I hardly even know where to begin. For, you see, once upon a time, I begged my husband for a dog. We'd been married for three months and I was desperate for a puppy. We drove several hours north and bought a puppy for a bargain $300 which was impressive considering he was AKC registered.
I wanted his brother.
But this one pup--the one with the white foot--just kept jumping and yapping and trying desperately to get my attention. When I ignored him and continued to give my undivided attention to the better looking puppy, the feisty one hopped and howled and stared me down with his big chocolate eyes. "Pick me!" he screamed. "Pick me! I'm worth it." Finally, as a sort of afterthought, I bent down and scooped him up. Instantly, he snuggled into my arms and closed his eyes. He sighed, content. I cradled his muzzle in my hand, stroking his face.
Last night, I cradled his muzzle, smothering it with kisses, one last time. Eleven years, six months, 27 days since I'd first met the puppy who picked us.
On our way home, we stopped at the pet store and let our boy pick out a toy. He ran immediately to a soccer ball, pulled it off the shelf and pranced around the store with it hanging out of his tiny mouth. We named him Beckham.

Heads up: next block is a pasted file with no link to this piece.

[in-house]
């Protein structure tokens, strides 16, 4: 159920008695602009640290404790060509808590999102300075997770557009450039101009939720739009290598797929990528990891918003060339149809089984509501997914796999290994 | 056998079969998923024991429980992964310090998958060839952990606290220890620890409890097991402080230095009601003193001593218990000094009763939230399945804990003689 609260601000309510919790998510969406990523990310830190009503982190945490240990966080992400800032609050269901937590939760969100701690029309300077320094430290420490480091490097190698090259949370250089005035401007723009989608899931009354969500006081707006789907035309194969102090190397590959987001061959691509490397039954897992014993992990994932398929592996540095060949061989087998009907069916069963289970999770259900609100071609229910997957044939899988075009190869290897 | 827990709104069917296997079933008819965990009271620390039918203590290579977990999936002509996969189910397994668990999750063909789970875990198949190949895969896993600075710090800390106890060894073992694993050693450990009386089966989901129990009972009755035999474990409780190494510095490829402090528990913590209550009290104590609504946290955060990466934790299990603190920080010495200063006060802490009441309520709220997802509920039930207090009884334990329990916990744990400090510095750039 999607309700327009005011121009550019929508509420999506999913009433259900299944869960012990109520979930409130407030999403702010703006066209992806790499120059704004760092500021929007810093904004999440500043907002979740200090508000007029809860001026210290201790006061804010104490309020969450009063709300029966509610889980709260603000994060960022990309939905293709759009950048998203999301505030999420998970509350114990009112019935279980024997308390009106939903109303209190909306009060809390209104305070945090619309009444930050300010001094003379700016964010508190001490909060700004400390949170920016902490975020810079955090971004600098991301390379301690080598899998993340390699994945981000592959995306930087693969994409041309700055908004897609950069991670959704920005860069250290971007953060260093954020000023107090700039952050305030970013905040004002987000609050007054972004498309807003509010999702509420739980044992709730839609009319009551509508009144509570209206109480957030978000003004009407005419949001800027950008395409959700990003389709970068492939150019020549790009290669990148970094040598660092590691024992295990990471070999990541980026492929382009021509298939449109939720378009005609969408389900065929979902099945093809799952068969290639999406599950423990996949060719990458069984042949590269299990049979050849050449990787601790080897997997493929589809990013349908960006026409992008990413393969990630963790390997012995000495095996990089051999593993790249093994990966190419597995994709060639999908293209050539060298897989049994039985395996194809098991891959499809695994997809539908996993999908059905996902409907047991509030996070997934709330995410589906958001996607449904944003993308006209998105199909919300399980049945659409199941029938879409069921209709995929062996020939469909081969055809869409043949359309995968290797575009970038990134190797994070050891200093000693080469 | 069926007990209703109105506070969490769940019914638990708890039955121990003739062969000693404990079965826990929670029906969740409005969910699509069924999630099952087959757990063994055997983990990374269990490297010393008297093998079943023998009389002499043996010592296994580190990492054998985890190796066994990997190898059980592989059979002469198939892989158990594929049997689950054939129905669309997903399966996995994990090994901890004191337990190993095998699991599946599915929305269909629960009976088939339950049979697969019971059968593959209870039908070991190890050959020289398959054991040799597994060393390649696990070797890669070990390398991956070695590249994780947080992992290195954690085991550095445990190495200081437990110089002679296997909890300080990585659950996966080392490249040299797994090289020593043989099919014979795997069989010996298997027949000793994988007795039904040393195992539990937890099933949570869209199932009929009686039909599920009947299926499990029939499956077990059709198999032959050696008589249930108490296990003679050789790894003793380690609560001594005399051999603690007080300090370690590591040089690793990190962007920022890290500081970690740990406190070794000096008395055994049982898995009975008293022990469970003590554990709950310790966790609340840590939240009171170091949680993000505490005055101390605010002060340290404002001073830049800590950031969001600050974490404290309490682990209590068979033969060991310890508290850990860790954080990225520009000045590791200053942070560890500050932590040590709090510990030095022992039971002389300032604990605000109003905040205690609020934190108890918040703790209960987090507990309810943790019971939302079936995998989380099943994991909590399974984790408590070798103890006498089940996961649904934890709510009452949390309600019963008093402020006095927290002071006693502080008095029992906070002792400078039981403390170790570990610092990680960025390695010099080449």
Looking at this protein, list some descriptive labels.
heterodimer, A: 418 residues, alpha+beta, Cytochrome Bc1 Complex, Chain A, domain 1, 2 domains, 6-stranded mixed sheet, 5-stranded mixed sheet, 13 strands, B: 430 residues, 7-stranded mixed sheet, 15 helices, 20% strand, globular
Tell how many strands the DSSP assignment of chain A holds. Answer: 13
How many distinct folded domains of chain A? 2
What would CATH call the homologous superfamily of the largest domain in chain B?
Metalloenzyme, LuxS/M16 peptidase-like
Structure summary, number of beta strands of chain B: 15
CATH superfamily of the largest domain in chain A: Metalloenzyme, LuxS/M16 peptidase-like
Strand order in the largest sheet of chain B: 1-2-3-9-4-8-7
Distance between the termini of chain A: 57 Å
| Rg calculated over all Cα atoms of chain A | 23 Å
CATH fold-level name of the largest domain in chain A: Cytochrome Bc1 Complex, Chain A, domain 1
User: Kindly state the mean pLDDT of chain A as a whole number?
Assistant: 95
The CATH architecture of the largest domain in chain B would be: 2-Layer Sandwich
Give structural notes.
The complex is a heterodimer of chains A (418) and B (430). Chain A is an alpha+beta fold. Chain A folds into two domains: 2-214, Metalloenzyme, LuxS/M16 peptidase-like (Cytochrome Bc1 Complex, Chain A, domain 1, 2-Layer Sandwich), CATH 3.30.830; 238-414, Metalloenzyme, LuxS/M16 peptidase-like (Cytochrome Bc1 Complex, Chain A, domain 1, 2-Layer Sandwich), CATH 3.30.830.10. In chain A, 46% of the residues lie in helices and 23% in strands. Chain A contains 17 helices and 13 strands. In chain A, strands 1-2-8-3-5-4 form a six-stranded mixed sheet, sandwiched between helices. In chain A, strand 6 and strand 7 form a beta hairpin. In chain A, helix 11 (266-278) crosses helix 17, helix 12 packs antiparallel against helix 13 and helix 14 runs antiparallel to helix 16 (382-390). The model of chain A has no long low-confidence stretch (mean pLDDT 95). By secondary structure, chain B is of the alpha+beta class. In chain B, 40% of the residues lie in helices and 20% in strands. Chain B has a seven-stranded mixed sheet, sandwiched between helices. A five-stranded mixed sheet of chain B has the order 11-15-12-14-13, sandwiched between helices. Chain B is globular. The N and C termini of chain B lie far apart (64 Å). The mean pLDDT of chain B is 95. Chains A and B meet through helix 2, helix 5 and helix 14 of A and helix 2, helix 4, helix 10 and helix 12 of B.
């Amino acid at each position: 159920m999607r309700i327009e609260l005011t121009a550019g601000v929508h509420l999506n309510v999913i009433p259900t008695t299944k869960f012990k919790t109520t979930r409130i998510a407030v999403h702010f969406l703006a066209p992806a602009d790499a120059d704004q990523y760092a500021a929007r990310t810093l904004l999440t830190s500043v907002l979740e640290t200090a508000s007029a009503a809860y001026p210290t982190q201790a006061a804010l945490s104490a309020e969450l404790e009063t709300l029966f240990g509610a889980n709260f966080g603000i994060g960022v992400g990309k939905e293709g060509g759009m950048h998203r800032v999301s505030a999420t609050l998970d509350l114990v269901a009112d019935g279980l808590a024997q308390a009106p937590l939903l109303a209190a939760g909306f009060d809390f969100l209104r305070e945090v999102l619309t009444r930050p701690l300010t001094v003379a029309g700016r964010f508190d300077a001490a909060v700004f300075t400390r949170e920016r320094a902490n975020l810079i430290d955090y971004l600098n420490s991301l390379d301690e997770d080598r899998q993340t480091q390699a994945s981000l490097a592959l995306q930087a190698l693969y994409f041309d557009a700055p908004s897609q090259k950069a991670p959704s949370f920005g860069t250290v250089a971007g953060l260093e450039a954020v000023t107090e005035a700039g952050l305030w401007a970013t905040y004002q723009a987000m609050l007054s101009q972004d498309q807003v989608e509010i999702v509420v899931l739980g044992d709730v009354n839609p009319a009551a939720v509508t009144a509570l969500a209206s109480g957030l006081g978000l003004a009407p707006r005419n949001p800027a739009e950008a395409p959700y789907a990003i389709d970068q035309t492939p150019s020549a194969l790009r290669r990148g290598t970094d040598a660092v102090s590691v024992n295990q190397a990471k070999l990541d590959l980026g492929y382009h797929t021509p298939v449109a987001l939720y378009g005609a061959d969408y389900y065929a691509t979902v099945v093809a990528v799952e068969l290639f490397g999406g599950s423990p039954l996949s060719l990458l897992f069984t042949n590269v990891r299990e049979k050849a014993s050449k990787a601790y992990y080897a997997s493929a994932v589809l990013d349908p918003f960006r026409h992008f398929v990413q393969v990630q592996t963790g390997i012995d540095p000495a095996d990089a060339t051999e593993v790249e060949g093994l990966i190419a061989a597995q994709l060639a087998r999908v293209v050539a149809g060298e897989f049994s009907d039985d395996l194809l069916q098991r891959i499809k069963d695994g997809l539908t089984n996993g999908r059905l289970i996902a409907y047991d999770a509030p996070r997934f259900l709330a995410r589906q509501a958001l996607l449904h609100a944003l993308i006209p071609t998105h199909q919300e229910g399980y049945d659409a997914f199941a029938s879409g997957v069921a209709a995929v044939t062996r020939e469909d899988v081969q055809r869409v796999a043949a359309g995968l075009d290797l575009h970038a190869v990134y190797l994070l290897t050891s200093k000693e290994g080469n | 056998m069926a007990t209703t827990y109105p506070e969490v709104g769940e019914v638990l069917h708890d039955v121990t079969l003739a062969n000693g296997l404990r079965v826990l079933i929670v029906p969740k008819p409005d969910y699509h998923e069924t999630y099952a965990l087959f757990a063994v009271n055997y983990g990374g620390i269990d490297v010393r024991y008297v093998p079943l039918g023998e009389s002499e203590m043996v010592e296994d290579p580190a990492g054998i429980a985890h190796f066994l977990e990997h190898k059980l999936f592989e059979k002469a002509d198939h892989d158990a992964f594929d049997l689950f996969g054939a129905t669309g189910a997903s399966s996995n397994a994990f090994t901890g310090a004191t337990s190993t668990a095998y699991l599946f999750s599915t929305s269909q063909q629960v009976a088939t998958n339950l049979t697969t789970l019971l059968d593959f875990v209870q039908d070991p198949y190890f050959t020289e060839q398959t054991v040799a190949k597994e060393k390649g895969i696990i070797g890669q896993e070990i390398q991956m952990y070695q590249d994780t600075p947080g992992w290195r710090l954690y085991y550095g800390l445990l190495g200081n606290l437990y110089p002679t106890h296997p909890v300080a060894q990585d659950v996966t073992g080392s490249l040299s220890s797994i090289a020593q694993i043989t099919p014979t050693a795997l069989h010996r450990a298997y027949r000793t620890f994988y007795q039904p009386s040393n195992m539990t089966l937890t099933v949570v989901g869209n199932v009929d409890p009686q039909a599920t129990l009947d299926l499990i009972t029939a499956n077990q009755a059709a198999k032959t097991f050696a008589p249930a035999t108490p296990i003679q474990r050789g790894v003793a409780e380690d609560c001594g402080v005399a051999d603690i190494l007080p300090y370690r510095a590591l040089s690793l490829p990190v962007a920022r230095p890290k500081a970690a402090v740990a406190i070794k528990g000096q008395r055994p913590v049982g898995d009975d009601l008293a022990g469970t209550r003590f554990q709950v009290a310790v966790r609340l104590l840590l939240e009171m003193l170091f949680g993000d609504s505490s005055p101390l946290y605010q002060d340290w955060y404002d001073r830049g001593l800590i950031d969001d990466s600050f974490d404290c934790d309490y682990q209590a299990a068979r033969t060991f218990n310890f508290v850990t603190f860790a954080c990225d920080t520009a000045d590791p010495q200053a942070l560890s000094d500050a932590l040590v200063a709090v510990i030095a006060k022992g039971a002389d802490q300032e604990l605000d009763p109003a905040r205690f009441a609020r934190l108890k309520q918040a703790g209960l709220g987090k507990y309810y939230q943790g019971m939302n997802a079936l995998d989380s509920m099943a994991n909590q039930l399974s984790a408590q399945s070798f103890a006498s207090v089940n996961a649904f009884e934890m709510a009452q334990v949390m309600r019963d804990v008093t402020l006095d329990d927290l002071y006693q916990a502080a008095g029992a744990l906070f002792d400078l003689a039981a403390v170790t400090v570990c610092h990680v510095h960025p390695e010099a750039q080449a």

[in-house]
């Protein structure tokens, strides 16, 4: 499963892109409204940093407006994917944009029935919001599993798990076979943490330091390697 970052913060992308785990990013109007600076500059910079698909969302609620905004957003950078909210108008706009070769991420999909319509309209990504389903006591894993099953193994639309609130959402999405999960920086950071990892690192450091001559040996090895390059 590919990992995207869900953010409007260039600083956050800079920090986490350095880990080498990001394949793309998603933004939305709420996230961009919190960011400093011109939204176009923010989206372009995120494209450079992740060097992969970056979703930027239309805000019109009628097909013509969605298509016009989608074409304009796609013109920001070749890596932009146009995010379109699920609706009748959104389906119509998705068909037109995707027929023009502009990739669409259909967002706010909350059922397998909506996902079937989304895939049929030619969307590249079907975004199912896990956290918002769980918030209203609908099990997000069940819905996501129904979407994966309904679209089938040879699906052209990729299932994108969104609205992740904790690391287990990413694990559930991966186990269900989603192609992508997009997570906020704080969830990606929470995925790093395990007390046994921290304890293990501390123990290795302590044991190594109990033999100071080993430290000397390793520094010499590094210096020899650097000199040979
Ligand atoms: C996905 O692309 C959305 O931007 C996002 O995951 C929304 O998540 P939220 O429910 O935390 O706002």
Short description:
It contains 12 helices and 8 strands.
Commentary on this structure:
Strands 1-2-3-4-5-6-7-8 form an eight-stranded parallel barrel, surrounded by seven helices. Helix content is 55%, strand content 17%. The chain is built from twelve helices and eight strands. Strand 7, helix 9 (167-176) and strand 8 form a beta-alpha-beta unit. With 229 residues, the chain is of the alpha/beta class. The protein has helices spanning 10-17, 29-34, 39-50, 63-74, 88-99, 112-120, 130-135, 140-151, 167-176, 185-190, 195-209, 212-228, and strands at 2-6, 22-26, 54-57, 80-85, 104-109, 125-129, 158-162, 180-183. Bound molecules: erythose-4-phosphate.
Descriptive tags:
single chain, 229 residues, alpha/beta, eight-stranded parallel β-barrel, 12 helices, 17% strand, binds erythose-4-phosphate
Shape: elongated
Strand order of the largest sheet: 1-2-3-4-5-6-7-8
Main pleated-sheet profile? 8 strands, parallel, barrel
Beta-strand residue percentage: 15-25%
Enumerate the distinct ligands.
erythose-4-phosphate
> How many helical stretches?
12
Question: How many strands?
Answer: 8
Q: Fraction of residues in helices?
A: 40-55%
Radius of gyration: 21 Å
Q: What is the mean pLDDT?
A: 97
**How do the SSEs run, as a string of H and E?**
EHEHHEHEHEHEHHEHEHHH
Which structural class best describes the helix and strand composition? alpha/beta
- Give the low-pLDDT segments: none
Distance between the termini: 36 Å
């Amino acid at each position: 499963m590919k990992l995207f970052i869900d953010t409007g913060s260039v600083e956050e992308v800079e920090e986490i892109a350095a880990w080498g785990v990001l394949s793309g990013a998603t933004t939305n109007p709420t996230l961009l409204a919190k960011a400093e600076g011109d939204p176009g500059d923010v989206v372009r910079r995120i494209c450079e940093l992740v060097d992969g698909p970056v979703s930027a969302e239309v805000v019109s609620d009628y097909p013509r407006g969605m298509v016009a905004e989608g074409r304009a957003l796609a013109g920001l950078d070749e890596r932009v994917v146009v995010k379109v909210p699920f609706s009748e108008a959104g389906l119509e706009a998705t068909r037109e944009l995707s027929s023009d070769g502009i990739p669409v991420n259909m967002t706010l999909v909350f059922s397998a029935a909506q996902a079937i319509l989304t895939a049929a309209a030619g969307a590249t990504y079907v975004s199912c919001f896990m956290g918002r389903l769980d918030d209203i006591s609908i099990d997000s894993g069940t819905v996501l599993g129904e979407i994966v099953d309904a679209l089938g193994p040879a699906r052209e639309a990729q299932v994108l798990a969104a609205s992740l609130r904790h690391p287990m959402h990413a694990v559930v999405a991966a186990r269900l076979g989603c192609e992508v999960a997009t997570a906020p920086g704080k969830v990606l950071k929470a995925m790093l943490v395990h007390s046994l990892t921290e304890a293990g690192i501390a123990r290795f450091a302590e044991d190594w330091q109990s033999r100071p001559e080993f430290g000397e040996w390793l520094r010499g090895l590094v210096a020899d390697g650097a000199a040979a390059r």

He came to us when our marriage was brand new. Before all the tears we would shed over building our family, when we were wide eyed and optimistic about everything the future would hold. Save for a few handfuls of weeks, we've never done our life together without the pup who clamored for our attention and said, "I want to be a part of whatever this is going to turn into."
As golden retrievers are prone to do, Beck remained a puppy for years. He tore the ruffle off my second hand couch when a new couch was far from budgeted for. He shredded any stuffed animal he could get his jaws on. He ate rat poison and we had to wait around to see if he'd live or die. He ate his body weight in ice and we had to warm him internally so he didn't die. He jumped off a cliff. That all happened within a year and so we called him the suicide dog.
Despite his apparent death wish, he just kept living. He chased balls but was incapable of catching them. He ran like the wind but, though he loved to swim, he did so as though an anchor was attached to his rear end, never beating another canine in a water race but having the time of his life losing.
Our Beck was terrified of thunder, fireworks and vacuum cleaners. He shook. He shivered. He tried to climb into our laps. He hid in basements and bathtubs and, once, he even bolted through our friend's fence to, thankfully, be recovered by some kindhearted people who stored him in their garage on a particularly noisy 4th of July.
He was the happiest near water. Lakes and rivers and streams and even a stagnant pond that gave him infections in both ears. Never was he happier though than when we took him camping or to his favorite of all places, Lake Tahoe.